ORBIS

A light object captures the synergy of sound and light. Two different media, which spread in a similar way, united in one whole. The connecting element is the person of Thomas Alva Edison, who in 1879 improved the bulb and patented it. Two years earlier, however, he patented a phonograph, which then developed for another ten years. The phonograph is able to record sound and later play it repeatedly. The light object consists of a polyphonic soundboard and a structure in which the LED light source is located. The subtle load-bearing structure leaves space for the dominant semi-steel disc. Sound waves are transmitted mechanically by means of punches to the corner.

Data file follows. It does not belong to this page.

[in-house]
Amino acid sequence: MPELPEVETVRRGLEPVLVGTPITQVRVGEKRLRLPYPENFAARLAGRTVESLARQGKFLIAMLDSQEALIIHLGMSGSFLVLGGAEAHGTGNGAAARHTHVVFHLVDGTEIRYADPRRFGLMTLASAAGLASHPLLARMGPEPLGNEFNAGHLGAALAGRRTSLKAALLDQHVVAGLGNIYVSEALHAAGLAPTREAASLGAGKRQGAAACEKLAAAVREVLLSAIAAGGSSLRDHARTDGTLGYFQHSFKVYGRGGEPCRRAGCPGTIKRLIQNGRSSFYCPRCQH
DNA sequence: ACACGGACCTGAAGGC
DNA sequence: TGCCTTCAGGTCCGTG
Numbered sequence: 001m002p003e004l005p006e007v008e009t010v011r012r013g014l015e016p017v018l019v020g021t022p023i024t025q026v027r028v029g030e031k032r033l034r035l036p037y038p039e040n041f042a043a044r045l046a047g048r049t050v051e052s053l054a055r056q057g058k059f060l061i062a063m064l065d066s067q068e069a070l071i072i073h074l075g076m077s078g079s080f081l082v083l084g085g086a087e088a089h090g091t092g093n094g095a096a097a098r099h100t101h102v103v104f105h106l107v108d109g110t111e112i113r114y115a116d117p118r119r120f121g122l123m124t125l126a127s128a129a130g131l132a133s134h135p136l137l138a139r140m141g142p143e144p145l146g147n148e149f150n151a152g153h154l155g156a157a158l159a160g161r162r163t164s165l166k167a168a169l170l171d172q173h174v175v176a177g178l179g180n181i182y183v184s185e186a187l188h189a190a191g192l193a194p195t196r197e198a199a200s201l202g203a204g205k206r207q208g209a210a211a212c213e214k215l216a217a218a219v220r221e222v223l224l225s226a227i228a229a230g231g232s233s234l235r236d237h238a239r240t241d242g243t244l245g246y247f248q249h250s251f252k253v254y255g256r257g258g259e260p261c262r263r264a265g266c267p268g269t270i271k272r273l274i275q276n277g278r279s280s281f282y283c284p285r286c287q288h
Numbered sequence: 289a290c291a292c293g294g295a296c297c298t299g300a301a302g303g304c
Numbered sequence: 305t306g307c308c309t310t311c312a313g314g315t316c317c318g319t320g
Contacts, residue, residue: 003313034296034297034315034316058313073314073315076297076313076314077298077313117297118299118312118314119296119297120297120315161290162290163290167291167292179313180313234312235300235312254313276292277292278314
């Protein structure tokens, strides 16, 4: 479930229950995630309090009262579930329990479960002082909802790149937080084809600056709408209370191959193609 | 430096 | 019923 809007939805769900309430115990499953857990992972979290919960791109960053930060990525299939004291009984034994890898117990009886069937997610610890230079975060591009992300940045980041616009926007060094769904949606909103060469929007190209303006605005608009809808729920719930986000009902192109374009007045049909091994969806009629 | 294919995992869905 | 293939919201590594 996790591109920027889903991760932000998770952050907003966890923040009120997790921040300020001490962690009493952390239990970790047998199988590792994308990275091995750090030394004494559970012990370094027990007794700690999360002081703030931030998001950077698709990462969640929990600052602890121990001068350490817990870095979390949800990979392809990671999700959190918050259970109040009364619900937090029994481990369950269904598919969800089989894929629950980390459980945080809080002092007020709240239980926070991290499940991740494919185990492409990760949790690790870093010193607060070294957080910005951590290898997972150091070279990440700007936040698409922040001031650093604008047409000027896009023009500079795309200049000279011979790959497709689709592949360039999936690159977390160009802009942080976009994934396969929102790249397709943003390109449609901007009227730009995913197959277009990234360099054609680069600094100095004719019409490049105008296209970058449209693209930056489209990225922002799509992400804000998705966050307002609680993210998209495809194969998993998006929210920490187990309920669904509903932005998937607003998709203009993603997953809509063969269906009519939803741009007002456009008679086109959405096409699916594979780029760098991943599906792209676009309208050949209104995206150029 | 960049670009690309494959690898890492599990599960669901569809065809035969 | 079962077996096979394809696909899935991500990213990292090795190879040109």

Sound recording is then transmitted through the perforated plate to the wall by means of light waves. Play music through light. The ORBIS lamp resonates with light and sound that gain new uses. The lamp retains its mechanical impact, which ensures that the wheel is fitted to the pin. The sound wheel can thus move after manually rotating. The ORBIS light object combines an exact lapidary construction made of steel tubes and an original sound carrier, namely an antique disc with the composition Slovancká arie (Koněcký, Leipzig).